For years my shadow comfort was eating. I could eat an entire gallon of ice cream, sneaking it when no one was looking. I would eat the batter from chocolate chip cookies until I felt sick. I would drown my sadness and discomfort in food. It tasted so good and kept me satisfied – for a few minutes. Food was my shadow comfort. Later, it changed to people. People became my shadow comfort. I needed their love, I needed their approval. I would rearrange my entire schedule just to please someone else. And then I would return home angry — angry at them for what i perceived as insisting, angry at myself for this unhealthy dependence, my unhealthy need for love and acceptance.
As humans we are infinitely creative at finding ways to mask our pain.Whether it’s eating, keeping our lives so busy that we don’t have to stop and think about our pain, unhealthy dependence on people, substance abuse, working all the time, we have countless ways to ease our discomfort. But all these creative ways have one thing in common – they are shadow comforts.
And the trouble with shadow comforts is that they, like shadows, are fleeting and deceptive, making us think that real comfort is unattainable.When the bright of day comes, the comfort is gone. But for the moment, these comforts stay close and feel necessary.
It is winter and I am particularly prone to trying to find shadow comforts. I make no secret that winter is not an easy time for me. The snow glimmering on branches in morning sunlight holds its magic only until I begin to stomp through slush on city streets.
So I ask myself something I’ve asked a million times — what is real comfort?
Real comfort starts with leaning into our discomfort. The shadow comforts lead us to escape – real comfort asks us to lean in, face the discomfort, the sadness, the anger. Confess the way it takes over our lives, the way it steers us away from truly living. Real comfort wraps itself around us and walks with us, asks us to lay our burdens down and come. Real comfort sometimes wears skin and other times comes when we’re completely alone. Real comfort makes our burden lighter. And sometimes that includes a little ice cream.
“Come to me, all you who are weary and burdened, and I will give you rest. Take my yoke upon you and learn from me, for I am gentle and humble in heart, and you will find rest for your souls.”*
Do you struggle with shadow comforts? How do we help each other understand the difference between real and shadow comforts?
We are just back from Phoenix, trading sunshine and seventy degrees for two inches of snow and freezing. The trip was not for pleasure, rather we went to grieve with my daughter-in-law. Lauren lost her father to cancer. He was too young to die, and she is too young to lose her dad.
But it happened.
Finding words to comfort is not easy – and so I rest in the Great Comforter. In a perfectly timed email, a friend of mine re-posted a tribute to her father who died 11 years ago. Her description of grieving and grace is a beautiful offering, not only to her earthly father, but also to God the Father. For those who grieve today, may you rest in one grace at a time.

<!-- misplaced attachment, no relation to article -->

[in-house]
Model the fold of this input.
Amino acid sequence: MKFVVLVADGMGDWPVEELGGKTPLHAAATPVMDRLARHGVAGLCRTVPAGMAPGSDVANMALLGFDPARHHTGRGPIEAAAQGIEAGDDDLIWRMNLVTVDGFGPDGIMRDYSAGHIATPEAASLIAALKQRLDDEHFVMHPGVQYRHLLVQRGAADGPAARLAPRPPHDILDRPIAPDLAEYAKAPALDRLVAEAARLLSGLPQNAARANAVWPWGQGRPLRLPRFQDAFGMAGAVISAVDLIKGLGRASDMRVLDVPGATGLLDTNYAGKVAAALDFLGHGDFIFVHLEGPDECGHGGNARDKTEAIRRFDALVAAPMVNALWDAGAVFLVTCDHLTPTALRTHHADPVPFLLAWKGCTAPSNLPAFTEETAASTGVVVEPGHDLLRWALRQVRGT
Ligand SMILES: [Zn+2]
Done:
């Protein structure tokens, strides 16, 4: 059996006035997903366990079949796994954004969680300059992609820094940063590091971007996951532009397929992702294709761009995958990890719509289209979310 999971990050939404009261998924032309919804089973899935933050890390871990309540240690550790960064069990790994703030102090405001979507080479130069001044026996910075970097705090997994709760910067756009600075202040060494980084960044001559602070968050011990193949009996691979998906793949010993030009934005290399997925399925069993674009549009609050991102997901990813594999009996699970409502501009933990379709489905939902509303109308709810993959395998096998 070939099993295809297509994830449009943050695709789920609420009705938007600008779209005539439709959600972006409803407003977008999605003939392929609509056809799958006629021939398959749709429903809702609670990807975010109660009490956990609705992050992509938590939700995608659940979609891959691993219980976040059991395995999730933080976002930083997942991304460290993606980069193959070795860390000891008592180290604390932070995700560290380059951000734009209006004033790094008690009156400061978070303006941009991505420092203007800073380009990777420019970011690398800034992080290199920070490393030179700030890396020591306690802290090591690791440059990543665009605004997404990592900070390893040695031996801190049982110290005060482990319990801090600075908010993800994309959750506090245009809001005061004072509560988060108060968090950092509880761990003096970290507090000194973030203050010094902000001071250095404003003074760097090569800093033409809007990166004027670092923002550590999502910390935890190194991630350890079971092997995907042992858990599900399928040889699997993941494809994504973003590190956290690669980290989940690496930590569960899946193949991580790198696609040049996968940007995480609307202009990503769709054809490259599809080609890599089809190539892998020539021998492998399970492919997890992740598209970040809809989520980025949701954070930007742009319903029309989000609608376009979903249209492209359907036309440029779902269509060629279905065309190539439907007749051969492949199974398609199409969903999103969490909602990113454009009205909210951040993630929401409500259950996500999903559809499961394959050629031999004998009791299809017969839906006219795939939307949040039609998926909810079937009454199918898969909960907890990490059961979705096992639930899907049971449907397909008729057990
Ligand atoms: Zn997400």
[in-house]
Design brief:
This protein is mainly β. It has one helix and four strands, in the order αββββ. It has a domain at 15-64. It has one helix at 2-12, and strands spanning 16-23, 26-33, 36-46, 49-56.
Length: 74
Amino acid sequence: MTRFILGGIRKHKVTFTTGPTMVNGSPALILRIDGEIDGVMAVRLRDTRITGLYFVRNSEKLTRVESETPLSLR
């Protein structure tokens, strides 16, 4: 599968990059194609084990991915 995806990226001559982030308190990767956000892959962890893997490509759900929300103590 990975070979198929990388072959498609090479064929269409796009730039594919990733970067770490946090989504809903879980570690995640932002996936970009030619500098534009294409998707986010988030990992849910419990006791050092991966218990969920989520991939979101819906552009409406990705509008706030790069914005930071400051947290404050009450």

The call you dread and fear and never expect comes.
It’s mom. “Joann, your father died this morning. Please come home as soon as you can. I need you.” Like an arrow out of no-where, somewhere, it hits first the head, then the heart, and slowly the pain sinks into your bones. One day you’re relaxing on the beach, washing off the stress of a difficult term, and 24 hours later you’re wandering in a daze around international airports—Phuket, Bangkok, Narita—all jammed with people, and yet feeling so incredibly alone. The words keep shouting in your soul. “Joann, your father has died,” slamming against your bones and your organs and your skin like a bullet ricocheting around a steel cavern. You try to drive them away with polite conversation, with reading, with hymn-singing, hoping against hope that driving the words away will drive the reality away as well.
But then the words and reality force their way back and the pain starts again. “Joann, your precious father stepped into glory this morning.” “Joann, your wonderful father went home to be with his Savior.” With every fiber of my being I believe these words, but don’t want to believe them at the same time. He was a precious father, but now he is lost in wonder, love and grace in the presence of Jesus.
Yet here at 30,000 feet above the Pacific Ocean, I feel just plain lost. Lost in sadness. Lost in pain.
I know he’s with his Savior, but I want him here with us.
How will I get through the next ten hours on this plane? How will I bear to see my mom and sister and her family at the end of this long journey? One hour at a time, one grace at a time. “He giveth more grace when the burdens grow greater; He giveth more strength as the labors increase. To added affliction, He addeth more mercy; to multiplied sorrows, He multiplies peace.”
Then it hits me. Despite the pain, I too am lost in love and grace. Sustaining grace– Read more here.